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The Poetic Edda, by Henry Adams Bellows, [1936], at

p. 447


The Slaying of The Niflungs


It has been already pointed out (introductory note to Reginsmol) that the compiler of the Eddic collection had clearly undertaken to formulate a coherent narrative of the entire Sigurth cycle, piecing together the various poems by means of prose narrative links. To some extent these links were based on traditions existing outside of the lays themselves, but in the main the material was gathered from the contents of the poems. The short prose passage entitled Drap Niflunga, which in the Codex Regius immediately follows the Helreith Brynhildar, is just such a narrative link, and scarcely deserves a special heading, but as nearly all editions separate it from the preceding and following poems, I have followed their example.

With Sigurth and Brynhild both dead, the story turns to the slaying of the sons of Gjuki by Atli, Guthrun's second husband, and to a few subsequent incidents, mostly late incorporations from other narrative cycles, including the tragic death of Svanhild, daughter of Sigurth and Guthrun and wife of Jormunrek (Ermanarich), and the exploits of Hamther, son of Guthrun and her third husband, Jonak. These stories are told, or outlined, in the two Atli lays, the second and third Guthrun lays, the Oddrunargratr, the Guthrunarhvot, and the Hamthesmol. Had the compiler seen fit to put the Atli lays immediately after the Helreith Brynhildar, he would have needed only a very brief transitional note to make the course of the story clear, but as the second Guthrun lay, the next poem in the collection, is a lament following the death of Guthrun's brothers, some sort of a narrative bridge was manifestly needed.

Drap Niflunga is based entirely on the poems which follow it in the collection, with no use of extraneous material. The part of the story which it summarizes belongs to the semi-historical Burgundian tradition (cf. introductory note to Gripisspo), in many respects parallel to the familiar narrative of the Nibelungenlied, and, except in minor details, showing few essentially Northern additions. Sigurth is scarcely mentioned, and the outstanding episode is the slaying of Gunnar and Hogni, following their journey to Atli's home.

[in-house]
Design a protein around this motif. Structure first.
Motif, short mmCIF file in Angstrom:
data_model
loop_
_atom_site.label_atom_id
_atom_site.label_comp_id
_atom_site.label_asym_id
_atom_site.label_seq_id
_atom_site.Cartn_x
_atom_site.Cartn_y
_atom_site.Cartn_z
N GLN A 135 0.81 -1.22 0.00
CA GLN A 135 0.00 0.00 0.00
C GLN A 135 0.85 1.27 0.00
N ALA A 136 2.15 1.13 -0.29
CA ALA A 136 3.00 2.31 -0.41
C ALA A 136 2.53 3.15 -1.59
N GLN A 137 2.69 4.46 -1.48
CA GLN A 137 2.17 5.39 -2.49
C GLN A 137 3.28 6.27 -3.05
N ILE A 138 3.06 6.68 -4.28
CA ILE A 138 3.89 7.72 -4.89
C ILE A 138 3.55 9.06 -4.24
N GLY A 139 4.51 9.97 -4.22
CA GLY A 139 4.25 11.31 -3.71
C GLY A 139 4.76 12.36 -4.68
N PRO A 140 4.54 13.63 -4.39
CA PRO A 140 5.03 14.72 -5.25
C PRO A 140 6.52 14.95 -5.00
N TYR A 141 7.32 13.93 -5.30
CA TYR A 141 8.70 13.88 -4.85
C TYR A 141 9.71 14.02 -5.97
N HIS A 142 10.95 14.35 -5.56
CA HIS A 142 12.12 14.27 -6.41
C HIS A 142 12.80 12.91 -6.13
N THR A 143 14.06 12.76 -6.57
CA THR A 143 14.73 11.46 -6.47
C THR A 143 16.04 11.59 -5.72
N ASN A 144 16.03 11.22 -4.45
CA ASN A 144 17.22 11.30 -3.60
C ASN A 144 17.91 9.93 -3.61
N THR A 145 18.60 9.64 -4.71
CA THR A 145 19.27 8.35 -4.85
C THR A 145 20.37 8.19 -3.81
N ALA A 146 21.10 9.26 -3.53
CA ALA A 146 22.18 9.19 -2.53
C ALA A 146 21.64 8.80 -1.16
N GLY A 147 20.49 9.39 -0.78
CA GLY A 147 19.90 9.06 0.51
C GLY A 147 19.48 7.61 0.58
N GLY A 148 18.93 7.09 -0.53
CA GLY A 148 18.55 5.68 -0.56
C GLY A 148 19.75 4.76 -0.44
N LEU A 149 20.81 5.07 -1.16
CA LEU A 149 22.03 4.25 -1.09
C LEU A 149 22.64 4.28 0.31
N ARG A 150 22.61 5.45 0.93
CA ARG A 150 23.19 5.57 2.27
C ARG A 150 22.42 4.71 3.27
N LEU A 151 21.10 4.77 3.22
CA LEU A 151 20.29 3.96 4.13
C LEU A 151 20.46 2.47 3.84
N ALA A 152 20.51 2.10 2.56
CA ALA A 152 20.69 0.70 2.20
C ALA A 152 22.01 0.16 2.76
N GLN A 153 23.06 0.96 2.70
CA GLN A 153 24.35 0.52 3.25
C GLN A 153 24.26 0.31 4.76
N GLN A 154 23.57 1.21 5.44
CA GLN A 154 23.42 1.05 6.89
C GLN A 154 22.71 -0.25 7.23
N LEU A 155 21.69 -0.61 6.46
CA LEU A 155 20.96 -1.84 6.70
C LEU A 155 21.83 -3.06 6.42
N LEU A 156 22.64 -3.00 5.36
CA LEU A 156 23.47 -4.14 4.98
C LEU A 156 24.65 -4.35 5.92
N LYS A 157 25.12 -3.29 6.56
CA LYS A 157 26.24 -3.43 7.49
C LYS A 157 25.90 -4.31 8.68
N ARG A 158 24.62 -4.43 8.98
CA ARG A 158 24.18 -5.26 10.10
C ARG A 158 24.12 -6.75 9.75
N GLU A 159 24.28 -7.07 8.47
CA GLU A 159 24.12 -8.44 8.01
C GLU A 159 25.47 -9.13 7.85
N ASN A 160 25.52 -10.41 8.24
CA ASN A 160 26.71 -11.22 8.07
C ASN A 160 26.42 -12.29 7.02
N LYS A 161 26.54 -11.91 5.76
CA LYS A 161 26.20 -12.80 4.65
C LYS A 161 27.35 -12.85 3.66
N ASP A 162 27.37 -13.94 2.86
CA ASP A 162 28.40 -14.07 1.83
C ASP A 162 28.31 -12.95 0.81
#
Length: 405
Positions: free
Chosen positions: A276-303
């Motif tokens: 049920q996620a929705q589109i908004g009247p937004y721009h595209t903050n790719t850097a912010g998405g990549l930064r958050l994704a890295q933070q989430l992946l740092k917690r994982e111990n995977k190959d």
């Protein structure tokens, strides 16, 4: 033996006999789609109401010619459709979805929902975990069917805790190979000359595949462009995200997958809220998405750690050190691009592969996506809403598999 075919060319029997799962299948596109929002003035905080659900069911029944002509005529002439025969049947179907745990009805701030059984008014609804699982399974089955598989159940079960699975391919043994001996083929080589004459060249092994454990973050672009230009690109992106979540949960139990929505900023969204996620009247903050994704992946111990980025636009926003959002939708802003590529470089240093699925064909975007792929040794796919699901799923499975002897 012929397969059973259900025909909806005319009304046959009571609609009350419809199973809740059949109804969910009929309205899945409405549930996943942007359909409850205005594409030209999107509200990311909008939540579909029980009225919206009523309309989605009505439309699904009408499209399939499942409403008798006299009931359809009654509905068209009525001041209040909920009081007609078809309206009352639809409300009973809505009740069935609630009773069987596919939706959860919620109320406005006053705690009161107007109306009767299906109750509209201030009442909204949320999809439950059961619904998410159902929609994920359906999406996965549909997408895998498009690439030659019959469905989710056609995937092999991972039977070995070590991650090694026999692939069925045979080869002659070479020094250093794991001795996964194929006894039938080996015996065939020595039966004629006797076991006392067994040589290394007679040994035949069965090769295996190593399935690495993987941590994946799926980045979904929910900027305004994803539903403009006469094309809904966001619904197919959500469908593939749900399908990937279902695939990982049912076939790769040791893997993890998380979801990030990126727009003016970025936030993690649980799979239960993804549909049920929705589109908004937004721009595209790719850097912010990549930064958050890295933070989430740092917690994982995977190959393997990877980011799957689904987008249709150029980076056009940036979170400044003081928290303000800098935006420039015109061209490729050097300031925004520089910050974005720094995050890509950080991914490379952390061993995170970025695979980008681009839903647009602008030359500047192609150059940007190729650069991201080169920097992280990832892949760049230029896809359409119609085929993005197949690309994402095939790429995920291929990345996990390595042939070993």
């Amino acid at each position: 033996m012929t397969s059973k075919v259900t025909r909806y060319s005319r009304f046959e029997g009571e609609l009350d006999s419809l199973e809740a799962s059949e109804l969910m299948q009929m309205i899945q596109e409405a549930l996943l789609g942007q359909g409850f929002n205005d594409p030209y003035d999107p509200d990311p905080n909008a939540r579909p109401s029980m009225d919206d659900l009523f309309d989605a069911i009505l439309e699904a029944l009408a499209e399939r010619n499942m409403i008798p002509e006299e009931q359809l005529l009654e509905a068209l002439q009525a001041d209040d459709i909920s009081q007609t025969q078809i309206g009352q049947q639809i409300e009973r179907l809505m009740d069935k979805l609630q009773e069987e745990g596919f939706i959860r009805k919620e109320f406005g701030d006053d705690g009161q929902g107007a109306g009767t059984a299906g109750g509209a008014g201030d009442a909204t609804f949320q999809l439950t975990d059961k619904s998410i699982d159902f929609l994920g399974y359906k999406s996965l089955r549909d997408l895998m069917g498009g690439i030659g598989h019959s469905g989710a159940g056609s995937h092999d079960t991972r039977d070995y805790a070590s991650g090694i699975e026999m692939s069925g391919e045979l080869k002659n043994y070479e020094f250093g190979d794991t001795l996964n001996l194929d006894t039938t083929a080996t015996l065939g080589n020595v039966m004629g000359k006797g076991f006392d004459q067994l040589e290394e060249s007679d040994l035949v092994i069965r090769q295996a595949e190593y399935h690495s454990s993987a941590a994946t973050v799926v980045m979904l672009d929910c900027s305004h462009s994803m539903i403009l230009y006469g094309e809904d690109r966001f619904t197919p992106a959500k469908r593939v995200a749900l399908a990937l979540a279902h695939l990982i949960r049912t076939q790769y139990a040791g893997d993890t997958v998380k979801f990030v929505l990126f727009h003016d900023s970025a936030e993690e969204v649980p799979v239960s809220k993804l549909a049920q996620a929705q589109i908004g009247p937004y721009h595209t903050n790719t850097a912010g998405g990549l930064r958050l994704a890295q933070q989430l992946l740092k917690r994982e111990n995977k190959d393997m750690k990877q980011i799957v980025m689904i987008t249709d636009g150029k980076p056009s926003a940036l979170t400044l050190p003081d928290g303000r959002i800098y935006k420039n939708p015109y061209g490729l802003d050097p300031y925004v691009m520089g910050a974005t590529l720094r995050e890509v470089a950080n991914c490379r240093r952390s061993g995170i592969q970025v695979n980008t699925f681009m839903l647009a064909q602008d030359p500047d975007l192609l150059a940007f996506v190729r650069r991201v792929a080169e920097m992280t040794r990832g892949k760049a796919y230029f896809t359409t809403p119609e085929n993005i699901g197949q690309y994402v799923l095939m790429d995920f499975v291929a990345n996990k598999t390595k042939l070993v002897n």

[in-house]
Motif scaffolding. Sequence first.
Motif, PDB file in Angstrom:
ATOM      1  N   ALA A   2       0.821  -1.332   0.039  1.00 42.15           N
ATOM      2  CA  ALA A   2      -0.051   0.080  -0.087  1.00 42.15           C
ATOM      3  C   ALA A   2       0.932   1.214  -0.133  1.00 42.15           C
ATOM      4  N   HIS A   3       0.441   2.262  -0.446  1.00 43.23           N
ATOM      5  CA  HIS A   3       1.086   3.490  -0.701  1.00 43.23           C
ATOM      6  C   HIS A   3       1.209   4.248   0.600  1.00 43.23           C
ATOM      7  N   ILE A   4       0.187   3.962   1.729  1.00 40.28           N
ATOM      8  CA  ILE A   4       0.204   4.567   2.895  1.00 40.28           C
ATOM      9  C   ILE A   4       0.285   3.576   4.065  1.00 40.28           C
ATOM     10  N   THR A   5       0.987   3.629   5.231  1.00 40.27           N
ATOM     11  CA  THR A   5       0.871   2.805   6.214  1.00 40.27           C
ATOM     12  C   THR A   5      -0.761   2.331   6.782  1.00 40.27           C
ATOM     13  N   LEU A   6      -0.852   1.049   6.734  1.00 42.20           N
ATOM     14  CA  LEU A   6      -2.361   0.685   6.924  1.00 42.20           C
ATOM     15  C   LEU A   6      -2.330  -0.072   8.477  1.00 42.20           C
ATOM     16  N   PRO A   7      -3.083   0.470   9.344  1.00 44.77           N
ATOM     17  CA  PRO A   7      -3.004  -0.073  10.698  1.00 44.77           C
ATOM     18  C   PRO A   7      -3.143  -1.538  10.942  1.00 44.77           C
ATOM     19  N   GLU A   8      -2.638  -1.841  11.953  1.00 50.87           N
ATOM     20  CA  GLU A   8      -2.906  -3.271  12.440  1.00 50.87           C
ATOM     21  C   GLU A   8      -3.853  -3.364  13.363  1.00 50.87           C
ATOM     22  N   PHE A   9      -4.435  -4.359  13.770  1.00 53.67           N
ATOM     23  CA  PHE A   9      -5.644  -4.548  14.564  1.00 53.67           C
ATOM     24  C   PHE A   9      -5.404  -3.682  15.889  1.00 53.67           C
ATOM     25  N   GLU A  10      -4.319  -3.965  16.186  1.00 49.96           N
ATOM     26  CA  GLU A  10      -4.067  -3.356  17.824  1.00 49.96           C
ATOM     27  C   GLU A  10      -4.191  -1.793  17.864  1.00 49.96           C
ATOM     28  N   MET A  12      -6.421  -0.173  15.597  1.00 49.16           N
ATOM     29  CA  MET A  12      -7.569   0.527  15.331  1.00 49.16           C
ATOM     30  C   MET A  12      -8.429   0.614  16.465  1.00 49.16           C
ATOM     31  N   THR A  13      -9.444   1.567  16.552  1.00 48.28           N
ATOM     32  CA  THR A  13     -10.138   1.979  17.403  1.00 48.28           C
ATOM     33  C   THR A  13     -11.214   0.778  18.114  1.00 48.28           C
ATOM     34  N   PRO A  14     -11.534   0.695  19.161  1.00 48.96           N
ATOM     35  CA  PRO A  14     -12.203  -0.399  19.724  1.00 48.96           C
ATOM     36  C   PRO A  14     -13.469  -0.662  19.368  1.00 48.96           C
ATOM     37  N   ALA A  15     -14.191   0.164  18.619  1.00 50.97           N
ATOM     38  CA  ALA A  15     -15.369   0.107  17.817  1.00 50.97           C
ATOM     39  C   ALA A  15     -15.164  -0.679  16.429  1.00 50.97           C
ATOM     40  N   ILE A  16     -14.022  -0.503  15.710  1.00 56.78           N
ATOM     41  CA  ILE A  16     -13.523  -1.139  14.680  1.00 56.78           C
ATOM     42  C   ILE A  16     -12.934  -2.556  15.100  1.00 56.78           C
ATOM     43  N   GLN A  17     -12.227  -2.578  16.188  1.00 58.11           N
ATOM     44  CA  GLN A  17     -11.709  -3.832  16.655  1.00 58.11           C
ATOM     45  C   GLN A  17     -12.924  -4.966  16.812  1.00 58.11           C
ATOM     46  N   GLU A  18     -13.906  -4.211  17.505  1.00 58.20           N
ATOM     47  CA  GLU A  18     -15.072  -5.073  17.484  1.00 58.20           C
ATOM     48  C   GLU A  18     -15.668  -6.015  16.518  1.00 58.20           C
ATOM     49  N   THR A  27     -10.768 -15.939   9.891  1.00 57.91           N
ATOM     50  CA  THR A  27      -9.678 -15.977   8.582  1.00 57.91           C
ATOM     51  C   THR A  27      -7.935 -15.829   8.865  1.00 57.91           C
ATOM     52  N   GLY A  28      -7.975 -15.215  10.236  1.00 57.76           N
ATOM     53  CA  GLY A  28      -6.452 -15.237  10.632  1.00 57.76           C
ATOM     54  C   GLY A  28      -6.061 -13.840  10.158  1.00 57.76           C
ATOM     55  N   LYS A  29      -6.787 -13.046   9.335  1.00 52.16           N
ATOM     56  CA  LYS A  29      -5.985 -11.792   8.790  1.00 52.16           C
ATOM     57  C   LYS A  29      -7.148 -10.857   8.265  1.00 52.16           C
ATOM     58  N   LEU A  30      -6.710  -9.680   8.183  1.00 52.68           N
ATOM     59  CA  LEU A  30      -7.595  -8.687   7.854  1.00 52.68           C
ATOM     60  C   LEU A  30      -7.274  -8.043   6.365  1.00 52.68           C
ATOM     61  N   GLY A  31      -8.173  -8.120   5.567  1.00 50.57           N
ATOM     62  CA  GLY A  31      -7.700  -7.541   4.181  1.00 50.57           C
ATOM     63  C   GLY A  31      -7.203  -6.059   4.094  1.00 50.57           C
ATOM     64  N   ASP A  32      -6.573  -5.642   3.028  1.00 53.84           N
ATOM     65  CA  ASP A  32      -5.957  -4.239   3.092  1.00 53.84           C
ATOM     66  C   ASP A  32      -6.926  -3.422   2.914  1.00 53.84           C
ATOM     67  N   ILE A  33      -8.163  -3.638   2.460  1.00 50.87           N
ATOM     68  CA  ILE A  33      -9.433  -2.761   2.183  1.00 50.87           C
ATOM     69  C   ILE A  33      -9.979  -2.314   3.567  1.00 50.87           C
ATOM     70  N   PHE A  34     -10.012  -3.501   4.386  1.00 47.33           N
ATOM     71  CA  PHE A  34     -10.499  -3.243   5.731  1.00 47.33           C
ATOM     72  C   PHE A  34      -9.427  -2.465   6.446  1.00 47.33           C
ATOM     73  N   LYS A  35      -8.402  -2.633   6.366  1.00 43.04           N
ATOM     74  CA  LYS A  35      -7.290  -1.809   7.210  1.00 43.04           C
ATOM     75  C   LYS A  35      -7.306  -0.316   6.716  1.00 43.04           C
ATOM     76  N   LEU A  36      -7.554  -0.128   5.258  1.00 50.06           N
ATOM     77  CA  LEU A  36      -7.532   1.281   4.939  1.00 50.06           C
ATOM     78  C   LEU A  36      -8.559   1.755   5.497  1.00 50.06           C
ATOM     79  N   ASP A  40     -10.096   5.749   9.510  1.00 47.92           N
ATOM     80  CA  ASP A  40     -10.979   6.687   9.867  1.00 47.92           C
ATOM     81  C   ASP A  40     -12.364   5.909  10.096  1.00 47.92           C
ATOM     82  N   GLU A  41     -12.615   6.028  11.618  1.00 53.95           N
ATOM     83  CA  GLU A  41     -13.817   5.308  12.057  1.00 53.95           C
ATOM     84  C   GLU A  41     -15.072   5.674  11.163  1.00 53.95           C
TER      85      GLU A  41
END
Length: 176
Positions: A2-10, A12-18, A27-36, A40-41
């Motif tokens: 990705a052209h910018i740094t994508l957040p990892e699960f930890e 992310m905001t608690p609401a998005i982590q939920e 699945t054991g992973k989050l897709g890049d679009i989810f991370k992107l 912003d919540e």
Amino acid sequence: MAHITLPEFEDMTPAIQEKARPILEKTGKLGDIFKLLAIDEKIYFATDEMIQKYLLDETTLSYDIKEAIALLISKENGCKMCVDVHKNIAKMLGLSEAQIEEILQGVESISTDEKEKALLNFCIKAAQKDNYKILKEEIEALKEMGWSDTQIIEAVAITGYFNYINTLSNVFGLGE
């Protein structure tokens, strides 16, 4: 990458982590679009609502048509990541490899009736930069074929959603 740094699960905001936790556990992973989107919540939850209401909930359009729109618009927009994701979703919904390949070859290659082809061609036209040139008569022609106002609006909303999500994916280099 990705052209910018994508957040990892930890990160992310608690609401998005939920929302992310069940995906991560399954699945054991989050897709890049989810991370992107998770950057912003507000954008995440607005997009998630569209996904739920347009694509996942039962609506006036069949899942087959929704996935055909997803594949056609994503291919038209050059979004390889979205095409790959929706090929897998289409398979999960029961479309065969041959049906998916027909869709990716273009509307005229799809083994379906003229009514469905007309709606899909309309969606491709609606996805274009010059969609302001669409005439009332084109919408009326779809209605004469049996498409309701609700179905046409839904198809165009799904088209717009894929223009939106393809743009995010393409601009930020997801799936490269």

p. 448


Gunnar and Hogni then took all the gold that Fafnir had had. There was strife between the Gjukungs and Atli, for he held the Gjukungs guilty of Brynhild's death. It was agreed that they should give him Guthrun as wife, and they gave her a draught of forgetfulness to drink before she would consent to be wedded to Atli. The sons of Atli were Erp and Eitil, and Svanhild was the daughter of Sigurth and Guthrun. King Atli invited Gunnar and Hogni to come to him, and sent as messenger Vingi or Knefröth. Guthrun was aware of treachery, and sent with him a message in runes that they should not come, and as a token she sent to Hogni the ring Andvaranaut and tied a wolf's hair in it. Gunnar had sought Oddrun, Atli's sister, for his wife, but had her not; then he married Glaumvor, and Hogni's wife was

[Prose. Niflungs: regarding the mistaken application of this name to the sons of Gjuki, who were Burgundians, cf. Brot, 17 and note. Draught of forgetfulness: according to the Volsungasaga Grimhild, Guthrun's mother, administered this, just as she did the similar draught which made Sigurth forget Brynhild. Erp and Eitil: Guthrun kills her two sons by Atli as part of her revenge; the annotator here explains her act further by saying that Guthrun asked her sons to intercede with their father in favor of Guthrun's brothers, but that they refused, a detail which he appears to have invented, as it is found nowhere else. Svanhild: cf. Sigurtharkvitha en skamma, 54 and note. Vingi or Knefröth: Atlakvitha (stanza 1) calls the messenger Knefröth; Atlamol (stanza 4) speaks of two messengers, but names only one of them, Vingi. The annotator has here tried, unsuccessfully, to combine the two accounts. Andvaranaut: regarding the origin of Andvari's ring cf. Reginsmol, prose after stanzas 4 and 5 and notes; Sigurth gave the ring to Guthrun. Here again the annotator is combining two stories; in Atlakvitha (stanza 8) Guthrun sends a ring (not Andvaranaut) with a wolf's hair; in Atlamol (stanza 4) she sends a message written [fp. 449] in runes. The messenger obscures these runes, and Kostbera, Hogni's wife, who attempts to decipher them, is not clear as to their meaning, though she suspects danger. Oddrun: cf. Sigurtharkvitha en skamma, 57 and note. Glaumvor: almost nothing is told of Gunnar's second wife, though she appears frequently in the Atlamol. Kostbera (or Bera), Hogni's wife, is known only as skilled in runes. Her brother was Orkning. The sons of Hogni and Kostbera, according to the Atlamol (stanza 28), were Solar and Snævar; the third son, Gjuki, named after his grandfather, seems to be an invention of the annotator's. Adder: according to Oddrunargratr (stanza 30) Atli's mother assumed this form in order to complete her son's vengeance.]

p. 449

Kostbera; their sons were Solar and Snævar and Gjuki. And when the Gjukungs came to Atli, then Guthrun be sought her sons to plead for the lives of both the Gjukungs, but they would not do it. Hogni's heart was cut out, and Gunnar was cast into the serpent's den. He smote on the harp and put the serpents to sleep, but an adder stung him in the liver.

Next: Guthrunarkvitha II, En Forna